The broad-based move higher by US equity markets last week was largely fueled by three factors: the perception of easing trade tensions between the United States and China, indications from Fed Chair Powell that monetary accommodation was on the horizon, and expectations that Q2 earnings season will deliver on solid revenue and EPS growth.
The trade higher, on Friday in particular, was impressive given that the large-caps, mid-caps, and small-caps all took part. The Dow Industrials gained 0.9% while the Nasdaq and S&P 500 gained 0.6%. The small-cap Russell 2000 traded 0.8% higher on the session. The Dow Industrials closed above 27,000 for the first time on Thursday, only to add an additional 243 points on Friday.
The trade confirmed the current market outlook for US equities: uptrend.
In last week’s round of talks and testimony, Fed Chair Powell provided market watchers with reason to bid up equity prices––and bid up they did. However, the talks provided by Chair Powell and by other prominent Fed governors also provided conflicting arguments in regards interest rates. On the one hand, the case was made that the US economy has continued to expand at a healthy pace as evidenced by record low unemployment data, among other data points; on the other hand, the principal driver of concern with regard to an economic slowdown comes from the trade-related issues most clearly identified in the US/China trade stalemate. Additionally, mention of a continued slowdown in global growth was a highlighted concern.
It is not clear that this week’s earnings calendar will provide much insight into the impact of slowing global growth on US economic activity––but it may. The Q2 earnings calendar this week will be largely, though not exclusively, focused on financials. This week’s Q2 earnings calendar will provide a detailed look into the state of the financial sector––banking most specifically. Citigroup, Goldman Sachs, JPMorgan Chase, Wells Fargo, and Bank of America are among those reporting.
As I have suggested is the case, financials are important for the tone they set, not necessarily for the insight they provide into global growth. The tone set this week by financials will likely inform much of the balance of earnings season, as is normally the case. That tone has to do with the long-anticipated timeline on any expected domestic economic slowdown and the impact of both US/China trade and slowing global growth. In the event financials this week provide a counter-argument to slowing growth, it is reasonable to expect forecasts for a recession to receded further back into the calendar, and by extension, expectations for further easing by the Fed in 2019.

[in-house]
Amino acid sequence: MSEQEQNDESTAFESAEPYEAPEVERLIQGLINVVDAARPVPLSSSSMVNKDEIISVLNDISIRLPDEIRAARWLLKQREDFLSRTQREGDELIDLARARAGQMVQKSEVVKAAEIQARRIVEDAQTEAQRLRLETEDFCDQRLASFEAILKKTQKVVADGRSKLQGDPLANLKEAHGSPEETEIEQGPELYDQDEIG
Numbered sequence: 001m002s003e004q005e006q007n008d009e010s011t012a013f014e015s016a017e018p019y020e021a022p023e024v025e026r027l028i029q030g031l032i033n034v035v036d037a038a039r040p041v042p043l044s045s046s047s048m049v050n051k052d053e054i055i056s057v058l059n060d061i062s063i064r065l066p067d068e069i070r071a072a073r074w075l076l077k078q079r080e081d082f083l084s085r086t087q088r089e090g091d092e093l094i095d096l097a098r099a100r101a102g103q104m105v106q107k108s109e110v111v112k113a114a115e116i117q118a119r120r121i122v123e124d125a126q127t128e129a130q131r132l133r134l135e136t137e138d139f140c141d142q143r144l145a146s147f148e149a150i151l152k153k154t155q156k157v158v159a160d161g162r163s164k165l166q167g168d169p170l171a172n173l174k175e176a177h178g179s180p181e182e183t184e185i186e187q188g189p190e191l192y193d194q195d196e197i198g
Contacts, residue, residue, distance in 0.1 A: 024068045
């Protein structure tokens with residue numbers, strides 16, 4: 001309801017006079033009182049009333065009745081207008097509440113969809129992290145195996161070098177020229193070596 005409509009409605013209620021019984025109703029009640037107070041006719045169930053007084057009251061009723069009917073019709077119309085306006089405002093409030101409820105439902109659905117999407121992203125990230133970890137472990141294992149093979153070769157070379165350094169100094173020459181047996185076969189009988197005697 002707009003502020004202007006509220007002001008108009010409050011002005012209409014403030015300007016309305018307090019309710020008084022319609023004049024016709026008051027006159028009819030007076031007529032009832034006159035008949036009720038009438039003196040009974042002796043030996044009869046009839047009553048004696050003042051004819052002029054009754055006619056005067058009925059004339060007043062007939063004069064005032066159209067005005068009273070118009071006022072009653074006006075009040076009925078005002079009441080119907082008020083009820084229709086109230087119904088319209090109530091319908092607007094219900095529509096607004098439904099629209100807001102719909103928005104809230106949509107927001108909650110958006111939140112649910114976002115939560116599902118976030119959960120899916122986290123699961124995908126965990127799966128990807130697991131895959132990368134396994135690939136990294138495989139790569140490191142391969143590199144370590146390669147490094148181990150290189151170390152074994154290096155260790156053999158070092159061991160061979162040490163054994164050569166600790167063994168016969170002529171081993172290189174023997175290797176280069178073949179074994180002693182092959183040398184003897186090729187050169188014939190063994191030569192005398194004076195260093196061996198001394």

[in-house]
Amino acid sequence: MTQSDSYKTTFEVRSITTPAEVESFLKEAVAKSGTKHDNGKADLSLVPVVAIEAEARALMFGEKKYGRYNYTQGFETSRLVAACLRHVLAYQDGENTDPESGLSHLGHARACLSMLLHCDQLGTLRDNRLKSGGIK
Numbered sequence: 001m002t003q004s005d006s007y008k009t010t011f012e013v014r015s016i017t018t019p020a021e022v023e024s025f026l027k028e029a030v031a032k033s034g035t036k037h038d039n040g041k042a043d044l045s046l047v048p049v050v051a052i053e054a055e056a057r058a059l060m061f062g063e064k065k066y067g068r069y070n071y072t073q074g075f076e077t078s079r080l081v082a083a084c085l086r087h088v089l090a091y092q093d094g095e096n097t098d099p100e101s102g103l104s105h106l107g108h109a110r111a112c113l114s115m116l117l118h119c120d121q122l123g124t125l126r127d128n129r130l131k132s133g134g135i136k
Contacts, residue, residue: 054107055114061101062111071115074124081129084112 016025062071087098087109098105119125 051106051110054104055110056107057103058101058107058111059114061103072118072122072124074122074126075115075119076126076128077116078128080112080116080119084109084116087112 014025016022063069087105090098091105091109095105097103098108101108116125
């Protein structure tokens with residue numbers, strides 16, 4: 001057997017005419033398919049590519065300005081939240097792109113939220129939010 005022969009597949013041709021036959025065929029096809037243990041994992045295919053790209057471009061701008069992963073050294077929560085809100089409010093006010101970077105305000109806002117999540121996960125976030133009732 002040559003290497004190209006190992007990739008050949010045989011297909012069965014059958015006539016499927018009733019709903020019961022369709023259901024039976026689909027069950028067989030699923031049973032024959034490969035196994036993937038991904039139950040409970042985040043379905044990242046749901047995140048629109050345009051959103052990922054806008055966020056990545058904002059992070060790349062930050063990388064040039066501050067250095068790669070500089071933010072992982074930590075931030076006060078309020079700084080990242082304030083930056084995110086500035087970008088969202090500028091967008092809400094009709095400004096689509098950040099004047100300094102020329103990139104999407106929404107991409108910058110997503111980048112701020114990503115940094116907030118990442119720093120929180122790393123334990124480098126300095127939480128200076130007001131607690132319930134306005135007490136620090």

Q2 earnings aside, the street is clearly expecting the Fed to cut sooner rather than later. The next FOMC meeting is scheduled for July 30 & 31. Though a half-point cut has been effectively taken off the table due to June’s stronger than expected June employment report, the street is expecting the Fed to cut by 25 bps at month end. In that event, and if history is any indication of what to expect in coming quarters, equity gains should moderate through Q3 and Q4.
Retail Sales for June released at 8:30 am. Econoday consensus is 0.1% versus May’s 0.5%. Less autos, 0.3% versus 0.5%. Less autos and gas, 0.4% versus 0.5%.
Industrial Production for June is released at 9:15 am. Econoday consensus is 0.1% versus May’s 0.4%. Manufacturing, 0.2% versus 0.2%. Capacity Utilization, 78.2% versus 78.1%.
Housing Starts for June are released at 8:30 am. Econoday consensus is 1,260 M versus May’s 1,269 M. Permits 1.300 versus 1.294 M.
The EIA Petroleum Status Report for the week ending 7/12 is due out at 10:30 am. Last week, the report reflected draws in crude oil inventories (-9.5 M bbl) and gasoline (-1.5 M bbl). Distillate inventories ticked up by 3.7 M bbl.
Beige Book, which is released two weeks before the FOMC meetings, is due out at 2:00 pm. This week’s release will likely inform the interest rate narrative (monetary policy) that has dominated the trading of all asset classes domestically.
Weekly Jobless Claims are due at 8:30 am. Last week’s data reflected a 4-week moving average of 219.25 K. The weekly total saw a drop of 13 K claims over the previous week. The widely watched Philadelphia Fed Business outlook Survey is released at 8:30 am. Econoday consensus for July is 4.5. June’s reading was 0.3.